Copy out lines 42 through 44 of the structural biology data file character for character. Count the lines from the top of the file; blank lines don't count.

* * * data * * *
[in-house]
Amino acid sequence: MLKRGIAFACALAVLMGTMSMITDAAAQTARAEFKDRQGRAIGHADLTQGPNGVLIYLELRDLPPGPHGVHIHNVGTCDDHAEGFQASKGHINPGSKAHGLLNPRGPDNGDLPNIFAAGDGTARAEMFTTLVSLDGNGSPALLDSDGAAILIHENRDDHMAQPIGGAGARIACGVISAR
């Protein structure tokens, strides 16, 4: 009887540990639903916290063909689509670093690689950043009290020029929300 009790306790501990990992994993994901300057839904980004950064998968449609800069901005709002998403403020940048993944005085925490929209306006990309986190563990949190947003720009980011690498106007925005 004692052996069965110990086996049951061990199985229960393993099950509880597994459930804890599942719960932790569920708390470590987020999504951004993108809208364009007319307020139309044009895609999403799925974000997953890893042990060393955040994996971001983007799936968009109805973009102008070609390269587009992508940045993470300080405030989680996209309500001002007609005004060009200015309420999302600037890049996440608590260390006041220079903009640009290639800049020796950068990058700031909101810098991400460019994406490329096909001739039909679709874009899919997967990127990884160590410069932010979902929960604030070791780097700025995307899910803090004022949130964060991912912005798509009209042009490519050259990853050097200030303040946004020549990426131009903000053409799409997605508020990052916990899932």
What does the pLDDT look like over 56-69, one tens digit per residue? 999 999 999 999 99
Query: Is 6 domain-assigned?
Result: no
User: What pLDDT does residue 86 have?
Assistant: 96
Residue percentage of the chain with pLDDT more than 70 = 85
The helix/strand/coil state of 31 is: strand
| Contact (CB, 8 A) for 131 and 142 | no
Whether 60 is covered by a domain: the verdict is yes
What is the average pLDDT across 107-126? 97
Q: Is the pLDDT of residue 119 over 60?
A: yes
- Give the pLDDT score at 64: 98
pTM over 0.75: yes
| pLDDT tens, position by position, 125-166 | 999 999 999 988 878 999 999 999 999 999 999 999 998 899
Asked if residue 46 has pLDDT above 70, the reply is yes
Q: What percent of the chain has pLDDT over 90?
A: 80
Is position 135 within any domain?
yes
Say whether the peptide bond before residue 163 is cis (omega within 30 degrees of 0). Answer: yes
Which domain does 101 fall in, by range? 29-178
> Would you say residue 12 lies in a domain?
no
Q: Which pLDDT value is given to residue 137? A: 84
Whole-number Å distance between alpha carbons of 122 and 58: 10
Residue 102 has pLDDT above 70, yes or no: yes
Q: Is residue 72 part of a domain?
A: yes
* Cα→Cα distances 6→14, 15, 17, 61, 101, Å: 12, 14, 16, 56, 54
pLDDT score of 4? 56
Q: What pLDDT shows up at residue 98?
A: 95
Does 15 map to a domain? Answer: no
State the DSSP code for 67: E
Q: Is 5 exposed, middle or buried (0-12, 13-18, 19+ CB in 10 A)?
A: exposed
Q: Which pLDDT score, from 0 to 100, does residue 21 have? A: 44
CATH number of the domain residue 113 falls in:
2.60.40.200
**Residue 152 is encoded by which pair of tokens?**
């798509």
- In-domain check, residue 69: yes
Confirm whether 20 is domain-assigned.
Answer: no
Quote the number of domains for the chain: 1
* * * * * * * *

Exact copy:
CATH number of the domain residue 113 falls in:
2.60.40.200
**Residue 152 is encoded by which pair of tokens?**